Citing Widespread Abuse of Kids in Foster Care and Seeking Sweeping Reforms, Advocates Sue Massachusetts Governor

SPRINGFIELD & BOSTON, MA — Citing one of the nation’s highest rates of abuse of children in foster care and other persistent and severe problems throughout the Massachusetts child welfare system, the national advocacy group Children’s Rights and Boston law firm Nutter McClennen & Fish LLP — with the support of advocates and families throughout the state — today filed a class action in federal court seeking broad reform on behalf of 8,500 abused and neglected children statewide.

Naming six child plaintiffs who have been badly harmed in Massachusetts foster care, the lawsuit (known as Connor B. v. Patrick) charges the state’s Department of Children and Families (DCF) with violating the constitutional rights of children by routinely placing them in dangerous and unstable situations once removed from their parents’ care and failing to take necessary actions to meet the legal and moral obligation of the state-run child welfare system to ensure the safety and well-being of children in its custody.

According to the children’s complaint, the rate at which children in Massachusetts foster care suffer abuse in state-supervised foster homes and institutions is nearly four times the national standard. DCF further traumatizes children by moving them frequently between foster placements; one-third of children in state foster care get shuffled around to at least five different placements during their time in state custody, according to the complaint. The complaint also points to the state’s decade-long failure to adequately prepare and support families to be successfully reunified with their children in foster care.

“There is absolutely no justification for what Massachusetts is doing to its most vulnerable children. It is robbing them of their right to be protected from abuse and neglect and to grow up in safe and stable homes with loving, permanent families,” said Marcia Robinson Lowry, executive director of Children’s Rights. “With this class action, Children’s Rights joins advocates throughout the state in seeking a court-enforceable commitment from the state to reform its failing child welfare system and dramatically improve its treatment of the thousands of abused and neglected children who depend on it.”

The lawsuit names six children as plaintiffs to represent the class. They range in age from nine to 15 years old and share a history of harm in DCF custody. They include:

“We believe it is necessary to file a class action lawsuit because children’s constitutional rights are being violated as a result of the shortcomings of the child welfare system,” said Mary K. Ryan, a partner at Nutter McClennen & FishLLP. “I think most people would be shocked to learn that Massachusetts, which has done so much for the education and health of children, falls in the bottom ten among states on so many measures related to the well-being of children in foster care.”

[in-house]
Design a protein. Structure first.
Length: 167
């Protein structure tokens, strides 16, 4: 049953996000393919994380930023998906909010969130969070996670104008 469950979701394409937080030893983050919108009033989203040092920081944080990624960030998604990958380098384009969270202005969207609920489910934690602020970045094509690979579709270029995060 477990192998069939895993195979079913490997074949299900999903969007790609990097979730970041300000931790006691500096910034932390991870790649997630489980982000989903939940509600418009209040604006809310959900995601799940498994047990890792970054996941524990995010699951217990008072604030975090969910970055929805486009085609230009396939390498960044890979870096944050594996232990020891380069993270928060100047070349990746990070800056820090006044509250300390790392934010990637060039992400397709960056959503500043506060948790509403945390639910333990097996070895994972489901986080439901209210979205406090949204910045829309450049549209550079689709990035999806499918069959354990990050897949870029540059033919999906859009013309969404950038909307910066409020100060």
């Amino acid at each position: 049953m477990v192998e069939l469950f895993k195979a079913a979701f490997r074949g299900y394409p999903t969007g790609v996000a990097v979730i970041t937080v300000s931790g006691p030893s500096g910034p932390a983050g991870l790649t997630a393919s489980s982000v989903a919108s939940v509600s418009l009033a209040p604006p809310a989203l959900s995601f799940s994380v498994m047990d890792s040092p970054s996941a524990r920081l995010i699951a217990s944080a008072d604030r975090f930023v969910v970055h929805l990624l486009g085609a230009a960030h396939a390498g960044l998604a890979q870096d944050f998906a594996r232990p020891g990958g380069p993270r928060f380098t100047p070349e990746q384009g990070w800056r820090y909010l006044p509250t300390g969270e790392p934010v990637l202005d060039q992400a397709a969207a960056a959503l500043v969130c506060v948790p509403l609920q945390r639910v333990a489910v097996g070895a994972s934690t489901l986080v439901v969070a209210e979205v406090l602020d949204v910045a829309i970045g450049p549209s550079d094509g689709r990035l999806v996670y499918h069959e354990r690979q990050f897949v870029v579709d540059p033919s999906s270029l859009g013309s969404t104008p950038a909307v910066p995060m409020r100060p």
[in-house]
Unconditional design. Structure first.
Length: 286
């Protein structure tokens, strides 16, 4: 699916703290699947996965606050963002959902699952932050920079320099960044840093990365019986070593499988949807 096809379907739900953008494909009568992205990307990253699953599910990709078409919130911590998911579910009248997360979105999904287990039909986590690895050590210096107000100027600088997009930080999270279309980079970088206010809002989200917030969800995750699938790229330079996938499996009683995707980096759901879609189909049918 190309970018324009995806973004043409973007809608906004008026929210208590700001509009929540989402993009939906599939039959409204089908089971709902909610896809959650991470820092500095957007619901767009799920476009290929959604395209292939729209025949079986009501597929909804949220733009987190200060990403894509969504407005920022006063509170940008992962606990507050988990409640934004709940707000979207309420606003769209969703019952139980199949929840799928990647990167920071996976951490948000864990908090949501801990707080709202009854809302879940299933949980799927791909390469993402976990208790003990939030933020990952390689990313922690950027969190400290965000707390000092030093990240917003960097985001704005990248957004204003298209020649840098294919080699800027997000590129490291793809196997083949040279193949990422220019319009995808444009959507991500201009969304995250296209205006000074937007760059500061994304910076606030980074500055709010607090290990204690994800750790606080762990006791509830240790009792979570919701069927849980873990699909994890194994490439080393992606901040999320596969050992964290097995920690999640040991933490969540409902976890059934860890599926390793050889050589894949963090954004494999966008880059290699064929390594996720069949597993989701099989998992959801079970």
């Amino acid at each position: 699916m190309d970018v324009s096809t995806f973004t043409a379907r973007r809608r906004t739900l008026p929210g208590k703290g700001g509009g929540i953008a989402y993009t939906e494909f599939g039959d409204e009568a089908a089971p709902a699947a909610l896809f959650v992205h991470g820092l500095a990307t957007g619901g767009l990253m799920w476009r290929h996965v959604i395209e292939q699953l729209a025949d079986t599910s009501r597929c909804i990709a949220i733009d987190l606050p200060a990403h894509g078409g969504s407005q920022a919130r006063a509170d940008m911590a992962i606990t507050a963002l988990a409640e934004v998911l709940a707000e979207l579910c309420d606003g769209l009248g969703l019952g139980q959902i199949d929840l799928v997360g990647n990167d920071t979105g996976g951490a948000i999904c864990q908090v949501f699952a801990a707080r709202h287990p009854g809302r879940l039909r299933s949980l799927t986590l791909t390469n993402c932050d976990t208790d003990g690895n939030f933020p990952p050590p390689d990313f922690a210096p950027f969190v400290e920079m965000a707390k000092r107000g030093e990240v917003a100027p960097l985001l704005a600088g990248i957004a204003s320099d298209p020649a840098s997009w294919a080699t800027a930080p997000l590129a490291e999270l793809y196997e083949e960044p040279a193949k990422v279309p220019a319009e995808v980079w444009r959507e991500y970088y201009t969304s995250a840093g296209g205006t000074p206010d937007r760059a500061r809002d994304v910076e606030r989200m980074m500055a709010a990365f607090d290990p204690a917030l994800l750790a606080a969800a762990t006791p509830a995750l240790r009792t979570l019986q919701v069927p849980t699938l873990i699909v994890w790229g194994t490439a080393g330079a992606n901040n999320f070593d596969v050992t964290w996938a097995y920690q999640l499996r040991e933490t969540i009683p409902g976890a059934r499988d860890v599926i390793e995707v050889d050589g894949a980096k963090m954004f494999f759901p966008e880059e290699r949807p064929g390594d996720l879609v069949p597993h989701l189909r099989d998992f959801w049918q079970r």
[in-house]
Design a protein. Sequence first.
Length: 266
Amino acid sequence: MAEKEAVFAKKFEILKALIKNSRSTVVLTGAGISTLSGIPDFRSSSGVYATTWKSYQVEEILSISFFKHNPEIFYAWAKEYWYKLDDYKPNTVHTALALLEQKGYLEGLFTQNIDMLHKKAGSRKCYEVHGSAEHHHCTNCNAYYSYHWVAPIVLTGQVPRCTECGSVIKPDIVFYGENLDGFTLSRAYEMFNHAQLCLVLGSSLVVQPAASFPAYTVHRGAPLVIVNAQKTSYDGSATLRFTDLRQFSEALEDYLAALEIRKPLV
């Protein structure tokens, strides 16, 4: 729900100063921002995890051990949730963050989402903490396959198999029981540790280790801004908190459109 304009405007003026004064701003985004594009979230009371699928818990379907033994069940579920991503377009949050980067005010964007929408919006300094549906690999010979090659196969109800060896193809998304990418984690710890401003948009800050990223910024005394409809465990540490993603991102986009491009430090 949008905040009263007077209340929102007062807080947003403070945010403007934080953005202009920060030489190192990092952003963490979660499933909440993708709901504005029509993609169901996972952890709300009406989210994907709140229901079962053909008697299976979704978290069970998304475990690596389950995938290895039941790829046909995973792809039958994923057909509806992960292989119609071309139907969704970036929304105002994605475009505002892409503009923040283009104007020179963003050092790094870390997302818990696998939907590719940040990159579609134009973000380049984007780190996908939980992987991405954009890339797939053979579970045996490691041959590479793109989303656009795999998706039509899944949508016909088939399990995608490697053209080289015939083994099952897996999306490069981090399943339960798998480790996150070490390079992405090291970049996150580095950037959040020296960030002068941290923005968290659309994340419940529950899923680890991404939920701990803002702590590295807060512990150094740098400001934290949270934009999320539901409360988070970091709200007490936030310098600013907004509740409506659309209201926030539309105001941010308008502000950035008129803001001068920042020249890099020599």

Citing evidence that DCF and state officials have been aware of serious problems throughout the state-run child welfare system for many years without taking appropriate action to solve them, the child plaintiffs ask the U.S. District Court of Massachusetts to enjoin the state from further violating their constitutional rights and order relief via widespread reforms. Among the failures detailed in their complaint:

The children’s complaint links these problems to DCF’s failure to effectively manage its workforce, resources, and practices:

Over the last 18 months, DCF and state officials have exacerbated these systemic problems by depleting vital resources, including cutting the child welfare workforce, failing to provide promised increases to foster parent maintenance payment rates, reducing funding for essential services for children and families, and decreasing the resources and administrative support necessary to support a full continuum of foster care placements and services.

Additionally, the complaint cites evidence that Massachusetts continues to be one of the worst states in the nation with respect to drawing down funding from the federal government, which provides matching funds for state-managed foster care systems. DCF continues to miss out on millions of dollars in available federal funds to finance the state’s overburdened foster care system.

“While short resources and tight budgets have forced states across the nation to make tough decisions, DCF’s failure to meet the most basic needs of vulnerable children in state foster care cannot be simply blamed on difficult fiscal times,” said Sara Bartosz, senior staff attorney for Children’s Rights and lead counsel on the case. “DCF’s management has failed to take the necessary steps to ensure quality case practice and positive outcomes for children. Quite simply, this is a serious management problem that has existed for a long time.”

Related Press

Children’s rights group files suit against state over foster care (Boston Herald, April 15, 2010)

Advocacy group sues state over foster care system (Boston Globe, April 15, 2010)

Group files foster care lawsuit against Mass. (AP via WBZ Radio, April 15, 2010)